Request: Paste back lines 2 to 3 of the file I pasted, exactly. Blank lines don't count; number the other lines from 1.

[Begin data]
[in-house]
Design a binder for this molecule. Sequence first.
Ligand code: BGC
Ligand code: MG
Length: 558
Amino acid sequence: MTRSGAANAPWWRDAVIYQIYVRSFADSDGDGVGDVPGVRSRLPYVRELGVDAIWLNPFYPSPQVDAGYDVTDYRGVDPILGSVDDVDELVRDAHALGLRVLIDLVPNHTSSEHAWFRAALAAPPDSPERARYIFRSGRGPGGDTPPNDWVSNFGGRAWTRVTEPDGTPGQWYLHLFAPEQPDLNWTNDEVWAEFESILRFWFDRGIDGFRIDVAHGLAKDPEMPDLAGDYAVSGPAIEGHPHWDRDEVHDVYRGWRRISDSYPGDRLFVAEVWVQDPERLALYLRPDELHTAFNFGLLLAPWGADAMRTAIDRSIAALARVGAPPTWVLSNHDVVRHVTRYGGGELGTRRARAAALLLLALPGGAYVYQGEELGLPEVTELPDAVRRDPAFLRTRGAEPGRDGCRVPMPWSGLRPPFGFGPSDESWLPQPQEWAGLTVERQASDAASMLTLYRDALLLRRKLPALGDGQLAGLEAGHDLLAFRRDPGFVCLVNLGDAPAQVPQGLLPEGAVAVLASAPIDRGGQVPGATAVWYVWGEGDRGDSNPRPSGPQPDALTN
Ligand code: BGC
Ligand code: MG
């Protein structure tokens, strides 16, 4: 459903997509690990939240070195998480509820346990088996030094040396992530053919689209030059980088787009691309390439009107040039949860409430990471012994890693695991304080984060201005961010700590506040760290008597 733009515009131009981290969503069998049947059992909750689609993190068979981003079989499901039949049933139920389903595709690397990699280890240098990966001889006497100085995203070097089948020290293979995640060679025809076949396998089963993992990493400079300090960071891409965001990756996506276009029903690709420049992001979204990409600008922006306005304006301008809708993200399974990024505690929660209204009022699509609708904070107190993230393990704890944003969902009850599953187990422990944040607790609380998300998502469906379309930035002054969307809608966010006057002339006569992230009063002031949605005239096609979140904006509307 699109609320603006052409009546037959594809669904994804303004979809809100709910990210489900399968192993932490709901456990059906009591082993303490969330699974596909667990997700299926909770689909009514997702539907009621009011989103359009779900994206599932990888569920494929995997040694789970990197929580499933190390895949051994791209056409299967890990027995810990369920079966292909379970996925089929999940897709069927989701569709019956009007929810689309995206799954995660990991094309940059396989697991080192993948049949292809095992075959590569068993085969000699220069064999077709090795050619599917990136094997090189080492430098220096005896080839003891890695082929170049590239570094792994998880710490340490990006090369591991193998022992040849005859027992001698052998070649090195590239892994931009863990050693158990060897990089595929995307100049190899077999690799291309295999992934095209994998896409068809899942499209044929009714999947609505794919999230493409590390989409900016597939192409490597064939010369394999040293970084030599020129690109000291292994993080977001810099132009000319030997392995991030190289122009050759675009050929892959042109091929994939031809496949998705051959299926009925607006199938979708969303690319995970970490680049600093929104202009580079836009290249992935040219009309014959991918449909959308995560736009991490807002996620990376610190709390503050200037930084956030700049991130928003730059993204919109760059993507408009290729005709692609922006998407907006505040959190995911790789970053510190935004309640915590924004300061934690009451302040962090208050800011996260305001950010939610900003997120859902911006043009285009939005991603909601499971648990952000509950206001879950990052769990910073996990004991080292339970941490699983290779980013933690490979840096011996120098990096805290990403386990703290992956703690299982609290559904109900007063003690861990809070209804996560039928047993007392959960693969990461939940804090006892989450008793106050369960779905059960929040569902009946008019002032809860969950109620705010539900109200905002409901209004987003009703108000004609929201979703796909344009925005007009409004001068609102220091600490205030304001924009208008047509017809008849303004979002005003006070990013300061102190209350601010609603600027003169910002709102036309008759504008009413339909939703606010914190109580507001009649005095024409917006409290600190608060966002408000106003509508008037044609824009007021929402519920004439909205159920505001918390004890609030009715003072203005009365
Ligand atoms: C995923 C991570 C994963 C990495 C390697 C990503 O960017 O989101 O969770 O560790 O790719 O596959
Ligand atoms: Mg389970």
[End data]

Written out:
Design a binder for this molecule. Sequence first.
Ligand code: BGC